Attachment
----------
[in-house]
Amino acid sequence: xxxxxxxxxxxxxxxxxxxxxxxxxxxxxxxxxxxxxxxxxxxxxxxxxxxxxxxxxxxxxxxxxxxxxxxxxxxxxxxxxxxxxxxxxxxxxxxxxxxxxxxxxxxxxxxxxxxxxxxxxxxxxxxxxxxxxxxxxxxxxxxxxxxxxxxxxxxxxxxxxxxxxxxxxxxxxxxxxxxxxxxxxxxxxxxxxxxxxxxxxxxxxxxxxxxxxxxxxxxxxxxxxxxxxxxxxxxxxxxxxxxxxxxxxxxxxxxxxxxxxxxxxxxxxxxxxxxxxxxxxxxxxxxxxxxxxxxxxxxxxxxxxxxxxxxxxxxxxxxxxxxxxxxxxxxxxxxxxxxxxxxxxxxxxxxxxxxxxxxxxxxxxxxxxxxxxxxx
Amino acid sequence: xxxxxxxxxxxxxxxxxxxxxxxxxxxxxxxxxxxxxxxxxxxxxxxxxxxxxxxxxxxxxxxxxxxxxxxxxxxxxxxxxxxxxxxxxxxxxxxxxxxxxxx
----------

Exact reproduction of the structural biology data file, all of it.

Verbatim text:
[in-house]
Amino acid sequence: xxxxxxxxxxxxxxxxxxxxxxxxxxxxxxxxxxxxxxxxxxxxxxxxxxxxxxxxxxxxxxxxxxxxxxxxxxxxxxxxxxxxxxxxxxxxxxxxxxxxxxxxxxxxxxxxxxxxxxxxxxxxxxxxxxxxxxxxxxxxxxxxxxxxxxxxxxxxxxxxxxxxxxxxxxxxxxxxxxxxxxxxxxxxxxxxxxxxxxxxxxxxxxxxxxxxxxxxxxxxxxxxxxxxxxxxxxxxxxxxxxxxxxxxxxxxxxxxxxxxxxxxxxxxxxxxxxxxxxxxxxxxxxxxxxxxxxxxxxxxxxxxxxxxxxxxxxxxxxxxxxxxxxxxxxxxxxxxxxxxxxxxxxxxxxxxxxxxxxxxxxxxxxxxxxxxxxxx
Amino acid sequence: xxxxxxxxxxxxxxxxxxxxxxxxxxxxxxxxxxxxxxxxxxxxxxxxxxxxxxxxxxxxxxxxxxxxxxxxxxxxxxxxxxxxxxxxxxxxxxxxxxxxxxx